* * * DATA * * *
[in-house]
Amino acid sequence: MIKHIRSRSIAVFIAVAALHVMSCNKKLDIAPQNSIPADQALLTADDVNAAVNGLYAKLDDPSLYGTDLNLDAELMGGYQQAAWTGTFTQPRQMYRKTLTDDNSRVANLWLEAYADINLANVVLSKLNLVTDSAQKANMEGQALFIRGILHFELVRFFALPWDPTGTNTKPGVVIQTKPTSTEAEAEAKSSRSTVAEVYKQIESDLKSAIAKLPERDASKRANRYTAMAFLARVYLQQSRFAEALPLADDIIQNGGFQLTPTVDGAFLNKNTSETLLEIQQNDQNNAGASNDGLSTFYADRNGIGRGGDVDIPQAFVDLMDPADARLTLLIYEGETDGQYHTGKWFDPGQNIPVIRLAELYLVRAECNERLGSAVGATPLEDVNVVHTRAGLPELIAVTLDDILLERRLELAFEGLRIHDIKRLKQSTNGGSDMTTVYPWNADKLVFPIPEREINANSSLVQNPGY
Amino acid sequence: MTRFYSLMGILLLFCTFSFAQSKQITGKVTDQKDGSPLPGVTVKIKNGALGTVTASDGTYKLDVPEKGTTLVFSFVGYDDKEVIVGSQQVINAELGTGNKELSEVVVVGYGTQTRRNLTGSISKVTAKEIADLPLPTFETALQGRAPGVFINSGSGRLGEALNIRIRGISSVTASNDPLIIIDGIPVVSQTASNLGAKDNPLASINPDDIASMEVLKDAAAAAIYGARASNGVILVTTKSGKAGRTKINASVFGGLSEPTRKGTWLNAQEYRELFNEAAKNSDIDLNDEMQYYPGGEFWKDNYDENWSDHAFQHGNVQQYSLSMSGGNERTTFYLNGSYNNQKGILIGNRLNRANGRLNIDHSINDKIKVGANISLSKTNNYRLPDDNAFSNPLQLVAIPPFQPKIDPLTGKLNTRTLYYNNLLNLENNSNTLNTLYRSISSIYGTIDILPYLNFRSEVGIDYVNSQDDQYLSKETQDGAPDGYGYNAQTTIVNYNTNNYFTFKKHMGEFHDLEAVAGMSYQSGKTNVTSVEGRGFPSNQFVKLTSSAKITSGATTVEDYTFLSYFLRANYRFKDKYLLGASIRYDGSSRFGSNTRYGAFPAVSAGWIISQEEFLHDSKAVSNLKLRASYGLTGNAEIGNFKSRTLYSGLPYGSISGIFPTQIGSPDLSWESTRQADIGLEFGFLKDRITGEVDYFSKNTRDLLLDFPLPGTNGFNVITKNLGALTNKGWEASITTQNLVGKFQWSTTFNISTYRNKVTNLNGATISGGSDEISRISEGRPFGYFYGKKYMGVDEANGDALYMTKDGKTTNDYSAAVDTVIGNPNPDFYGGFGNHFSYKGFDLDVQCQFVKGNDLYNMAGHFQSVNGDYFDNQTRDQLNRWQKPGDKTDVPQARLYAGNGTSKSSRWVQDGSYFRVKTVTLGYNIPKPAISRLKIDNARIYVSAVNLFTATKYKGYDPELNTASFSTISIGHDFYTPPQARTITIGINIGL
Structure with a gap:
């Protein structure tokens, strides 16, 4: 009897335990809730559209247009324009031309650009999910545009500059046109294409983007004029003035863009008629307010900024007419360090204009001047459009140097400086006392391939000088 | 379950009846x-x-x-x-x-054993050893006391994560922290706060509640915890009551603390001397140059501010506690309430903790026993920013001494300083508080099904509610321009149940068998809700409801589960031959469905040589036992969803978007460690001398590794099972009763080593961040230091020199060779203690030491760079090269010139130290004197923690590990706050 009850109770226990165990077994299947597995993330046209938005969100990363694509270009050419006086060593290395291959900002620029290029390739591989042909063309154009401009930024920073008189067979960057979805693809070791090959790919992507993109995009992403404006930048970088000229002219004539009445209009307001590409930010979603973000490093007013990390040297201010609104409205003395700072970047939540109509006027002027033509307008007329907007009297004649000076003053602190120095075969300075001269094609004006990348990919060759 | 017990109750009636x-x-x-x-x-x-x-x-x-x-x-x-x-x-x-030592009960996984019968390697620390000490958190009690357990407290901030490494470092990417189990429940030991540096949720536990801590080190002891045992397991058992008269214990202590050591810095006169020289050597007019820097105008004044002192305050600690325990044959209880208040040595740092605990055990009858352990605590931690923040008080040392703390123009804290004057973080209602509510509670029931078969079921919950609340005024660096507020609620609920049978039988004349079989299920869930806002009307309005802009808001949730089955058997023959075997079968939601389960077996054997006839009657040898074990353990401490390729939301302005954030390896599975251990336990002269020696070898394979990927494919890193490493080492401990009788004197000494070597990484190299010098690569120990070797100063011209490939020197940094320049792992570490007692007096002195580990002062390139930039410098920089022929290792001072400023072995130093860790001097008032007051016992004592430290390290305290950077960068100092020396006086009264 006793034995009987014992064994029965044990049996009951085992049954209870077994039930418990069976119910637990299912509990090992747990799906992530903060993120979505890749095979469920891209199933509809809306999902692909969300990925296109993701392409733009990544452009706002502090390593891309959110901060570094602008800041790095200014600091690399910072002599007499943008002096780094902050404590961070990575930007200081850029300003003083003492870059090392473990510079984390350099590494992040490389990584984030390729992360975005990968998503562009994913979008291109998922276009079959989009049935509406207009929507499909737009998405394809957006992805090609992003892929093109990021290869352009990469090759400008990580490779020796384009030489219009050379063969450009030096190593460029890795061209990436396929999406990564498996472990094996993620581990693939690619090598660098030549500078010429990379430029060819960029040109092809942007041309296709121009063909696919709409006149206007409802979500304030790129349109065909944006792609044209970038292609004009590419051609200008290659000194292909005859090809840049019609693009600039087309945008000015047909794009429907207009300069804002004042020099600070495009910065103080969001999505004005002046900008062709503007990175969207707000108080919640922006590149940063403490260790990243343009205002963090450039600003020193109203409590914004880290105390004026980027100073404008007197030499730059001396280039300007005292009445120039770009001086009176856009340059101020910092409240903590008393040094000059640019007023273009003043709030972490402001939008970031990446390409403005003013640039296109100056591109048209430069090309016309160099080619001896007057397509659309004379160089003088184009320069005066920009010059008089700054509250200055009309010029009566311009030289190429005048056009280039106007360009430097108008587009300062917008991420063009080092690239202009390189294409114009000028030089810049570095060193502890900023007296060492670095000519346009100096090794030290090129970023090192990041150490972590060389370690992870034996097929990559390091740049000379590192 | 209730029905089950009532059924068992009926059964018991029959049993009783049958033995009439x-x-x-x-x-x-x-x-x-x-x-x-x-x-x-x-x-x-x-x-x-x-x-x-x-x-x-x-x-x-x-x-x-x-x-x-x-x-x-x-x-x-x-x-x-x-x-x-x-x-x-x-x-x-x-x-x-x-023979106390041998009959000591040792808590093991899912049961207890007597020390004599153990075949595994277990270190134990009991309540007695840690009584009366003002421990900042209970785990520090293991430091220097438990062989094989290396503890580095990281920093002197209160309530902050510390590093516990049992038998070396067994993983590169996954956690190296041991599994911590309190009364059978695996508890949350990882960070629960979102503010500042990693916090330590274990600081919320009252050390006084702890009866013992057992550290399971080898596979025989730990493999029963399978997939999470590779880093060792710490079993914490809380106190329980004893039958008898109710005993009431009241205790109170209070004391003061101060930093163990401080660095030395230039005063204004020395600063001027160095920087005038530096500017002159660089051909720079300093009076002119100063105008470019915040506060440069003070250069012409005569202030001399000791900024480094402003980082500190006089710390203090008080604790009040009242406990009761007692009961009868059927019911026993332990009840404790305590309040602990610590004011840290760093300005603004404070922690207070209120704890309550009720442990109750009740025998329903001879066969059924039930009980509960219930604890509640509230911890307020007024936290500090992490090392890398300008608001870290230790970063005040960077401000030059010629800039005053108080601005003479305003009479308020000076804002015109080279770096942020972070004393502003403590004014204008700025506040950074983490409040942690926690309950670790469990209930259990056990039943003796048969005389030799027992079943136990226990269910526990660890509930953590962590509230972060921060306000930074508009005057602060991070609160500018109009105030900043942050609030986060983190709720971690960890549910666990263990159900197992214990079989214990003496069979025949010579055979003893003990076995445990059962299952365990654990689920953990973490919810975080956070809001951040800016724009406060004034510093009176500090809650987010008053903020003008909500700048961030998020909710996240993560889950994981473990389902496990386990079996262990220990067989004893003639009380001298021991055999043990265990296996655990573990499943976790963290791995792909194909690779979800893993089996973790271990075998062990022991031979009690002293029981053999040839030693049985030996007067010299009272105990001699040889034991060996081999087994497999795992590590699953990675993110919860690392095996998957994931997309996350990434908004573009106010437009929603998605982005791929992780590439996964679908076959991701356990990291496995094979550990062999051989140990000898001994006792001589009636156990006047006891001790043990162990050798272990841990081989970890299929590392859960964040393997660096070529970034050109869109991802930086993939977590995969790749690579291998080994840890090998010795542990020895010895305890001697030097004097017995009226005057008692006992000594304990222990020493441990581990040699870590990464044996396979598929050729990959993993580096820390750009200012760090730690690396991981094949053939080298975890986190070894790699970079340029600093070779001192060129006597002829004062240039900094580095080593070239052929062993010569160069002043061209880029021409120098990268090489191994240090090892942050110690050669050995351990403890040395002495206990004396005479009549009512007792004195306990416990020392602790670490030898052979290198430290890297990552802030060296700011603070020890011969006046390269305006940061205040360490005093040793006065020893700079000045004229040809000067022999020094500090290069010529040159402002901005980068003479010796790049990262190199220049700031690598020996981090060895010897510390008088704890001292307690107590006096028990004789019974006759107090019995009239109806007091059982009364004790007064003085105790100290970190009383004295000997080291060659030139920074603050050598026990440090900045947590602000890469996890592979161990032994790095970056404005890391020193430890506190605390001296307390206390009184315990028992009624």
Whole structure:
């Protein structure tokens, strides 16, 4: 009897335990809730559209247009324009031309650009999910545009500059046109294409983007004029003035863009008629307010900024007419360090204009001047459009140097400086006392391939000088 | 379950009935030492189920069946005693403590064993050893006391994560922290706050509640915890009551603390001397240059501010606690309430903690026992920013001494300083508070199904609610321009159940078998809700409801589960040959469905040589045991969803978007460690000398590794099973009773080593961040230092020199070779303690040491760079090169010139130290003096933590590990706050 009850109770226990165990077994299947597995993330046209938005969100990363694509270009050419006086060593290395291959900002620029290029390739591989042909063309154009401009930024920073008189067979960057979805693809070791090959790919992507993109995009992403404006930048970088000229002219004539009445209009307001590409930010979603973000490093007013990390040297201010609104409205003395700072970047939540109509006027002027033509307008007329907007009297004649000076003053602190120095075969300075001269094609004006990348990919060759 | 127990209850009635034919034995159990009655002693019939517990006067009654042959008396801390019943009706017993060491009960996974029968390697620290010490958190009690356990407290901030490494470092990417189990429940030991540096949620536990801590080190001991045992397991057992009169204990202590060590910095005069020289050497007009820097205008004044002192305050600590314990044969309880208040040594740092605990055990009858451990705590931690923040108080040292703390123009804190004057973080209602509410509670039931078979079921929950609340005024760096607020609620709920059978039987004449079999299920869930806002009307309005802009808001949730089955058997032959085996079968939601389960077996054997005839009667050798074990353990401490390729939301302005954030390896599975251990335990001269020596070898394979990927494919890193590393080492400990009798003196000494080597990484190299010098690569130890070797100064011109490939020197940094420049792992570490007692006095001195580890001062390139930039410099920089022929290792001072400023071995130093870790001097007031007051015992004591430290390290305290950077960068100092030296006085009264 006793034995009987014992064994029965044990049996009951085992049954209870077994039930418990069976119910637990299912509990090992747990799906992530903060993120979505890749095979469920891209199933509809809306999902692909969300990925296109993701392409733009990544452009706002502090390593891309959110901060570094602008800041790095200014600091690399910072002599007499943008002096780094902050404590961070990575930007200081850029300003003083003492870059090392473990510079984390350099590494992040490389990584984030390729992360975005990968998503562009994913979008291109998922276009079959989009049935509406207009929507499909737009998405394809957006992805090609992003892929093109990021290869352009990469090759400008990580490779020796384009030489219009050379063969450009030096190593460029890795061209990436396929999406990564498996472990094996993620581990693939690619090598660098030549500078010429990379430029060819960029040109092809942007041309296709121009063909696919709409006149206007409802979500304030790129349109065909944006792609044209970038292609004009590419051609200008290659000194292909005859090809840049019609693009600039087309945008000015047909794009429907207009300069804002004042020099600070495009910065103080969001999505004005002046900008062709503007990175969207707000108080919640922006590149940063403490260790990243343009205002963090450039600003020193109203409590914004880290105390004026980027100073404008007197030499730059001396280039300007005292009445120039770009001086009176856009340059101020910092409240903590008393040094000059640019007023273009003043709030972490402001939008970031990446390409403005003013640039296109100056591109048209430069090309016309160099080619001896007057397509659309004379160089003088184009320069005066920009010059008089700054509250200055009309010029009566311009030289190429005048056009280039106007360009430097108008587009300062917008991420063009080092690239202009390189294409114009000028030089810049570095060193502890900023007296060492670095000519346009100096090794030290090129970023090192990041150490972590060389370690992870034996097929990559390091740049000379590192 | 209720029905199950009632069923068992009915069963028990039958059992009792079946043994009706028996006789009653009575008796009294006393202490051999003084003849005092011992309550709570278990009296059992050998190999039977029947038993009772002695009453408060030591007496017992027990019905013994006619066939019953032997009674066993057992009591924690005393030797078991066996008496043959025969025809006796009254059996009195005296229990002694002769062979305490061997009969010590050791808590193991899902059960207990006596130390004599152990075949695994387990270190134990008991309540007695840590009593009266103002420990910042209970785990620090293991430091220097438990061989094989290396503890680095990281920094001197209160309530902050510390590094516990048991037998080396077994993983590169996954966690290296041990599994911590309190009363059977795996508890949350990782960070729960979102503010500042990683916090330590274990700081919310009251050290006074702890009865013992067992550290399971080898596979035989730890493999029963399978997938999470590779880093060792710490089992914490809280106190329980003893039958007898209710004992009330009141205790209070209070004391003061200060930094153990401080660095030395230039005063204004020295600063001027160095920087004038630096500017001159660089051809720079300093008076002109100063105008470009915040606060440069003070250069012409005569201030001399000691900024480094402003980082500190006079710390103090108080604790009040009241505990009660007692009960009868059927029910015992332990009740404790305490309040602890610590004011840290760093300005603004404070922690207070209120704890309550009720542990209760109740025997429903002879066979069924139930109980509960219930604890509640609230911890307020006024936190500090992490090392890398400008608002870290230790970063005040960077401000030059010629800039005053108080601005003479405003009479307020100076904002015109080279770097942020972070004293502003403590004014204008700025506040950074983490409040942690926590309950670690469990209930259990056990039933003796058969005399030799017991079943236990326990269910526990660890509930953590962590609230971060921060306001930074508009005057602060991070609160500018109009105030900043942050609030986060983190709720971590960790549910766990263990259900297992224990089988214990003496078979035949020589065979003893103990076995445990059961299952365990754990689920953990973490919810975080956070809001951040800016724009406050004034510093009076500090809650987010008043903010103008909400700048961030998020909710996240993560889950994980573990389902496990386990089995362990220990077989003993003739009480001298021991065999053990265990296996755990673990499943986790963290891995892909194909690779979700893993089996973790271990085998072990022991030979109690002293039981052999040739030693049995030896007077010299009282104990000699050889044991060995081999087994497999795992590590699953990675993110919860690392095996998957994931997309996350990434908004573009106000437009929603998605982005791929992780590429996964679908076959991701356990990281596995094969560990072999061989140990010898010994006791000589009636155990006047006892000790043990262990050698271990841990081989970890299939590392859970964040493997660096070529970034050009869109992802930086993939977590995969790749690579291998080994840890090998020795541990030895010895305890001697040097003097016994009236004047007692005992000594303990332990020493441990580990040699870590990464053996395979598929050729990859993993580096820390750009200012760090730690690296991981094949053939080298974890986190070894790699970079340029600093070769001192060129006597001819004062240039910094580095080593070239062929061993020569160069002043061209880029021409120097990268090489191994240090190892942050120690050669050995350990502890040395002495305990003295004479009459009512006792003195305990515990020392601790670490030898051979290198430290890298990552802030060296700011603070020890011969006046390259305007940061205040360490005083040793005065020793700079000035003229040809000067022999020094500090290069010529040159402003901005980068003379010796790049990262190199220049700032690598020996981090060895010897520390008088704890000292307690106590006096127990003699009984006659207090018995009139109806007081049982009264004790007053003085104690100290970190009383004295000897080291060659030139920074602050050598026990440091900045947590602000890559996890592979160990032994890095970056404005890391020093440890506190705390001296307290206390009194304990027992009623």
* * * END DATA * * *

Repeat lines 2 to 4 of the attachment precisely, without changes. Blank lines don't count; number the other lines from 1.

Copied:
Amino acid sequence: MIKHIRSRSIAVFIAVAALHVMSCNKKLDIAPQNSIPADQALLTADDVNAAVNGLYAKLDDPSLYGTDLNLDAELMGGYQQAAWTGTFTQPRQMYRKTLTDDNSRVANLWLEAYADINLANVVLSKLNLVTDSAQKANMEGQALFIRGILHFELVRFFALPWDPTGTNTKPGVVIQTKPTSTEAEAEAKSSRSTVAEVYKQIESDLKSAIAKLPERDASKRANRYTAMAFLARVYLQQSRFAEALPLADDIIQNGGFQLTPTVDGAFLNKNTSETLLEIQQNDQNNAGASNDGLSTFYADRNGIGRGGDVDIPQAFVDLMDPADARLTLLIYEGETDGQYHTGKWFDPGQNIPVIRLAELYLVRAECNERLGSAVGATPLEDVNVVHTRAGLPELIAVTLDDILLERRLELAFEGLRIHDIKRLKQSTNGGSDMTTVYPWNADKLVFPIPEREINANSSLVQNPGY
Amino acid sequence: MTRFYSLMGILLLFCTFSFAQSKQITGKVTDQKDGSPLPGVTVKIKNGALGTVTASDGTYKLDVPEKGTTLVFSFVGYDDKEVIVGSQQVINAELGTGNKELSEVVVVGYGTQTRRNLTGSISKVTAKEIADLPLPTFETALQGRAPGVFINSGSGRLGEALNIRIRGISSVTASNDPLIIIDGIPVVSQTASNLGAKDNPLASINPDDIASMEVLKDAAAAAIYGARASNGVILVTTKSGKAGRTKINASVFGGLSEPTRKGTWLNAQEYRELFNEAAKNSDIDLNDEMQYYPGGEFWKDNYDENWSDHAFQHGNVQQYSLSMSGGNERTTFYLNGSYNNQKGILIGNRLNRANGRLNIDHSINDKIKVGANISLSKTNNYRLPDDNAFSNPLQLVAIPPFQPKIDPLTGKLNTRTLYYNNLLNLENNSNTLNTLYRSISSIYGTIDILPYLNFRSEVGIDYVNSQDDQYLSKETQDGAPDGYGYNAQTTIVNYNTNNYFTFKKHMGEFHDLEAVAGMSYQSGKTNVTSVEGRGFPSNQFVKLTSSAKITSGATTVEDYTFLSYFLRANYRFKDKYLLGASIRYDGSSRFGSNTRYGAFPAVSAGWIISQEEFLHDSKAVSNLKLRASYGLTGNAEIGNFKSRTLYSGLPYGSISGIFPTQIGSPDLSWESTRQADIGLEFGFLKDRITGEVDYFSKNTRDLLLDFPLPGTNGFNVITKNLGALTNKGWEASITTQNLVGKFQWSTTFNISTYRNKVTNLNGATISGGSDEISRISEGRPFGYFYGKKYMGVDEANGDALYMTKDGKTTNDYSAAVDTVIGNPNPDFYGGFGNHFSYKGFDLDVQCQFVKGNDLYNMAGHFQSVNGDYFDNQTRDQLNRWQKPGDKTDVPQARLYAGNGTSKSSRWVQDGSYFRVKTVTLGYNIPKPAISRLKIDNARIYVSAVNLFTATKYKGYDPELNTASFSTISIGHDFYTPPQARTITIGINIGL
Structure with a gap: